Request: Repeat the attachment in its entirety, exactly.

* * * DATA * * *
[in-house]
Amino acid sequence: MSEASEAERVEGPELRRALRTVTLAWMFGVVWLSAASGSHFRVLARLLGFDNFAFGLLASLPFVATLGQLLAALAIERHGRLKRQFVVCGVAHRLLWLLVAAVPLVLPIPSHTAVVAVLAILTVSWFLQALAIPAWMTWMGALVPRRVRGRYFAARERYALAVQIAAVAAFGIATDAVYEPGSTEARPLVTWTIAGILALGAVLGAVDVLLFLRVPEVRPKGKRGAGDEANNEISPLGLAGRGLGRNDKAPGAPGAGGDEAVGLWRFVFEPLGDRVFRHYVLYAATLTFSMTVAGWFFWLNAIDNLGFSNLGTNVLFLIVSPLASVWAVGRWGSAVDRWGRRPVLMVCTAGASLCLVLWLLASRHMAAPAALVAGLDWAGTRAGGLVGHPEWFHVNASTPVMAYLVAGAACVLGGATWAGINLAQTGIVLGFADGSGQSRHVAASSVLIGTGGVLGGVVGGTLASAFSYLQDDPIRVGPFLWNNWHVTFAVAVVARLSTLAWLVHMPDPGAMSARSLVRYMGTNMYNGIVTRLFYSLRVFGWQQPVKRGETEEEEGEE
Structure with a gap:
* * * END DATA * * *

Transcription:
[in-house]
Amino acid sequence: MSEASEAERVEGPELRRALRTVTLAWMFGVVWLSAASGSHFRVLARLLGFDNFAFGLLASLPFVATLGQLLAALAIERHGRLKRQFVVCGVAHRLLWLLVAAVPLVLPIPSHTAVVAVLAILTVSWFLQALAIPAWMTWMGALVPRRVRGRYFAARERYALAVQIAAVAAFGIATDAVYEPGSTEARPLVTWTIAGILALGAVLGAVDVLLFLRVPEVRPKGKRGAGDEANNEISPLGLAGRGLGRNDKAPGAPGAGGDEAVGLWRFVFEPLGDRVFRHYVLYAATLTFSMTVAGWFFWLNAIDNLGFSNLGTNVLFLIVSPLASVWAVGRWGSAVDRWGRRPVLMVCTAGASLCLVLWLLASRHMAAPAALVAGLDWAGTRAGGLVGHPEWFHVNASTPVMAYLVAGAACVLGGATWAGINLAQTGIVLGFADGSGQSRHVAASSVLIGTGGVLGGVVGGTLASAFSYLQDDPIRVGPFLWNNWHVTFAVAVVARLSTLAWLVHMPDPGAMSARSLVRYMGTNMYNGIVTRLFYSLRVFGWQQPVKRGETEEEEGEE
Structure with a gap: